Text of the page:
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Latin American anger grows over China’s economic clout – DW – 06/05/2024

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It came as a shock to Guatemalan exporters: according to media reports, China had recently banned the import of Guatemalan coffee and other goods.

There was no official explanation. Guatemalan President Bernardo Arevalo, however, presumed there was a connection to his country’s ties with Taiwan. “We will take care of it,” Arevalo said.

Apart from Paraguay, Guatemala is now the only Latin American country with diplomatic ties to Taiwan. Beijing regards the island nation as part of the People’s Republic of China. In recent years, Honduras and Nicaragua changed sides, turning their backs on Taiwan and seeking rapprochement with Beijing.

Several small conflicts in Latin America

The blockade of Guatemalan goods is one of several minor conflicts beginning to overshadow China’s course in Latin America, which has long been oriented toward growth and expansion.

Those conflicts were, however, of a different nature, Vladimir Rouvinski, an associate professor with the Department of Political Studies at Icesi University in Cali, Colombia, told DW.

“In this case, China clearly uses something as leverage, and it does this less against Guatemala, but rather against Taiwan,” he said.

A Chinese map with markings in red indicates areas of military drills held around Taiwan
In May, China conducted military drills around TaiwanImage: https://mil.huanqiu.com

In Costa Rica, the government urged one of the managers of state-owned energy supplier ICE to leave the company after some 70 high-ranking employees had visited a party organized by Chinese technology giant Huawei.

Trade unionists were appalled, while ICE’s president, Mario Acuna, urged more sensitivity in the face of simultaneous “contracting procedures and various litigations.” The conduct of the employees involved could harm “the image of the institution as well as our reputation,” he said.

‘China has to play by the rules as well’

Relations between Costa Rica and Huawei are strained after President Rodrigo Chaves established the Budapest convention on fighting cybercrime, which China has not signed, as a standard for economic engagement in Costa Rica.

Afterwards, Huawei’s chief executive for Latin America criticized Costa Rica’s approach as “unprofessional.” “This is a message for Beijing: China has to play by the rules as well,” Rouvinski told DW.

The Budapest Convention is the first international agreement on crimes committed on the internet. Focus areas are copyright infringements, computer-related fraud and violations of network security.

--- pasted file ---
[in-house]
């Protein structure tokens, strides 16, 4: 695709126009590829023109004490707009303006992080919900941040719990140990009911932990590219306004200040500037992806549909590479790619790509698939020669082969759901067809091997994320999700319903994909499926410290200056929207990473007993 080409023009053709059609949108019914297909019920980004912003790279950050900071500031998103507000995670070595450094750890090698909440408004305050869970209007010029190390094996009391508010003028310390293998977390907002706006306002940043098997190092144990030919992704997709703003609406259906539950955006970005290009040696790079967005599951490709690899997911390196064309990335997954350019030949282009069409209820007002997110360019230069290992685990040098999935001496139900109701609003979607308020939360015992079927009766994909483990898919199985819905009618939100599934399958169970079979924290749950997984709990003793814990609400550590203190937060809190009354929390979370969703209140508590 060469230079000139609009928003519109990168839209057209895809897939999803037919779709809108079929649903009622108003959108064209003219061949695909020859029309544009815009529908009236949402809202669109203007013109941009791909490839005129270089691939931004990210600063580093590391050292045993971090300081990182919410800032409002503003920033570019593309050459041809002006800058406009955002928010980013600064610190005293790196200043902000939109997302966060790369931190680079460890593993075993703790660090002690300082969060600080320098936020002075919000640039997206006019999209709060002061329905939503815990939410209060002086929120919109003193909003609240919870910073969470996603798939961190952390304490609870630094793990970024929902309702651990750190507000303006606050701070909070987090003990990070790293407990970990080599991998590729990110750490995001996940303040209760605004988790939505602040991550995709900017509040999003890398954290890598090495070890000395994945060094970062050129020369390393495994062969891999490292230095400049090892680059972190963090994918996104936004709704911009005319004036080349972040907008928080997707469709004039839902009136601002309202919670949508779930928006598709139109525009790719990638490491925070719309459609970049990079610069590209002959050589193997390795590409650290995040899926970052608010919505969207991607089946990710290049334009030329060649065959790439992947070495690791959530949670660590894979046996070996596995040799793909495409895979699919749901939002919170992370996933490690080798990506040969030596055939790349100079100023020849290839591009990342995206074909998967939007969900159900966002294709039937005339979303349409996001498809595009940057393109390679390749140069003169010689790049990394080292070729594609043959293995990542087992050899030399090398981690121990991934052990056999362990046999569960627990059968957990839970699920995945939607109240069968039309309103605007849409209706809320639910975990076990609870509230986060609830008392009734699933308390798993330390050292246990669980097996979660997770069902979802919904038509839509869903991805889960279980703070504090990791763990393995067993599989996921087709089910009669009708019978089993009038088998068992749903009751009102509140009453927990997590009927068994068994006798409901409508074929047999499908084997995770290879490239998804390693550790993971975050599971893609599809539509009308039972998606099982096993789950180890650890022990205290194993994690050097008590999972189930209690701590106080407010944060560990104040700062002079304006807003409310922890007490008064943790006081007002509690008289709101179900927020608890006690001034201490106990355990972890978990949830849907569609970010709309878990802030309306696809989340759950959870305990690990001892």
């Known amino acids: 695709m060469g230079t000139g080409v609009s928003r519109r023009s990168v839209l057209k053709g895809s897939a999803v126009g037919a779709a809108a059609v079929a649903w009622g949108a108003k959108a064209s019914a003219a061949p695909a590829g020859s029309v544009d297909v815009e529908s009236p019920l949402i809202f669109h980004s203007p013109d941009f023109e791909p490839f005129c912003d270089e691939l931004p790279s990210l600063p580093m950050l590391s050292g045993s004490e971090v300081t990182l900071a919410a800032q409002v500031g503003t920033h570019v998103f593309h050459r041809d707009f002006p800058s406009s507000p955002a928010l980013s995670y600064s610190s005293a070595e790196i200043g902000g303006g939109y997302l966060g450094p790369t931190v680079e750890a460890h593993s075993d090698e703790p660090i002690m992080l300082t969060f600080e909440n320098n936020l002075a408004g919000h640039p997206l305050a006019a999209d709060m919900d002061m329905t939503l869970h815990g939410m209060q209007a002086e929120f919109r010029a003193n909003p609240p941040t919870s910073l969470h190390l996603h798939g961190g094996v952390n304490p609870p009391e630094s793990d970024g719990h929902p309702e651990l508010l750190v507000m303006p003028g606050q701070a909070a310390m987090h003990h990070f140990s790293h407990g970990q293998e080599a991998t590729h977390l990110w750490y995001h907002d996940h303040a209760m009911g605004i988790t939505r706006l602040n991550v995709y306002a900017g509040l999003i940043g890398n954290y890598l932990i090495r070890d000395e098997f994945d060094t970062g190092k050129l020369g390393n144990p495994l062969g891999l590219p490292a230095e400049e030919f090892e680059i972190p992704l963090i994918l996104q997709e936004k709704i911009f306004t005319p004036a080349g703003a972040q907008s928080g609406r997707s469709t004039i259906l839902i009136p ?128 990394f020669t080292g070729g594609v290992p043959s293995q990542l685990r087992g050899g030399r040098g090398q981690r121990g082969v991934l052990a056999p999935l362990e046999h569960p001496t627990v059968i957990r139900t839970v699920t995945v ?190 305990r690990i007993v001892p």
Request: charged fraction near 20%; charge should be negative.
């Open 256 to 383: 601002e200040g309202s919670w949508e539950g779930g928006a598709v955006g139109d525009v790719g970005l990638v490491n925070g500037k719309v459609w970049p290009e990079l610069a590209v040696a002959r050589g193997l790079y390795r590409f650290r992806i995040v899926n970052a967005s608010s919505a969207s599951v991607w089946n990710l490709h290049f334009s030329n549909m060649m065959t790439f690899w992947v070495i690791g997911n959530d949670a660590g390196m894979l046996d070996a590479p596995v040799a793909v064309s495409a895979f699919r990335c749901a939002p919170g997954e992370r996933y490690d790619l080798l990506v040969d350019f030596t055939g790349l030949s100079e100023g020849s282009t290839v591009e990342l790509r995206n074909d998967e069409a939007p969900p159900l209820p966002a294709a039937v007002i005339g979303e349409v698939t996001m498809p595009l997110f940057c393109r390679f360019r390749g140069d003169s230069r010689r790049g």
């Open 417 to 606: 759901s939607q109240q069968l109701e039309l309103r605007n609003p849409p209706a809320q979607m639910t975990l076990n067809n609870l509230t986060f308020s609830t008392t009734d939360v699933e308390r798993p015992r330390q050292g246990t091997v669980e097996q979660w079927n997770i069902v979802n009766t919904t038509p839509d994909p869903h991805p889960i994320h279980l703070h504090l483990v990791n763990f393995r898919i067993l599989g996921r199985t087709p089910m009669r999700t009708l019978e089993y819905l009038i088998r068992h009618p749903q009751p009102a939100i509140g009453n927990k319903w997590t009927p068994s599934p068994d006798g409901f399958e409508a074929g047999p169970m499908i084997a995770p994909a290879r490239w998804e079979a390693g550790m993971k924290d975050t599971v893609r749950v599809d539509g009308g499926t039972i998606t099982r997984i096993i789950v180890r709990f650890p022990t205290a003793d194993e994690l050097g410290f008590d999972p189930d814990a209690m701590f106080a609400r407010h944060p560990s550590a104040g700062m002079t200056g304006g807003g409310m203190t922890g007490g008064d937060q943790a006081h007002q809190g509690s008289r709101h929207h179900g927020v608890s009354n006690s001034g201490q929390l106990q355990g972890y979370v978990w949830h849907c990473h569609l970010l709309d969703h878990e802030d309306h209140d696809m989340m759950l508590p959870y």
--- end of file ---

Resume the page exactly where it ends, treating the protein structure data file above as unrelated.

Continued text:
There are other examples of economic conflicts between China and Latin American countries. One of them involves cheap steel imports from China, which puts Latin American steel producers under a lot of pressure, thus sparking anger.

In Brazil, meanwhile, cheap textiles from China are posing a serious threat to fashion boutiques. Accusations against Chinese companies causing environmental damage with their operations have also sparked debate.

Brazil imposes tariffs on Chinese imports

Brazil is now fighting back against cheap Chinese imports by imposing a 20% tax. This affects goods valued under $50 (€46) which are bought via international shopping websites.

Shein on App Store displayed on a phone screen
Shein is one of several Chinese online retailers available in BrazilImage: Jakub Porzycki/NurPhoto/picture alliance

According to Brazilian media, Chinese online retail platform AliExpress was “surprised” by the decision, as the tax would primarily hit the poorest and discourage foreign investment in the country.

In the textile industry, considerable anger has been directed at Chinese suppliers, because conglomerates such as Shein, which don’t produce their goods under the same conditions and general framework as small Brazilian firms, are pushing thousands of local companies out of the market. At the grassroots level, there’s a growing feeling that China’s strategy destroys local trading structures rather than making them profitable.

Who profits from Chinese-Latin American trade?

“Recently, the challenges and risks related to the rise of China as a dominant actor in many economy and technology areas have become more and more apparent in Latin America as well,” Christian Hauser, an expert on Latin America at the University of Applied Sciences in Graubünden, Switzerland, told DW.

Various Latin American societies are increasingly feeling that it’s predominantly Beijing which has profited from the region’s economic relations with China, said Hauser. Therefore, he said, current criticism of China’s trade practices could become even more pronounced.

Can China still become the world’s largest economy?

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In addition, a foreign policy element often plays a role. “Latin American countries find themselves increasingly entangled in the conflict of geopolitical rivalry between the US and China,” added Hauser.

“Against this backdrop, the current tensions between some Central American countries, like Guatemala and Costa Rica, and China are probably only the beginning of more conflict-ridden relations in the future,” he said.

Only China’s relations with Nicaragua seem untarnished. The country’s authoritarian government has banned countless NGOs, including many which championed environmental protection.

According to reports by Nicaraguan media critical of the government, Chinese companies operating in the country have received 13 mining concessions within little more than half a year.

This article was originally written in German.

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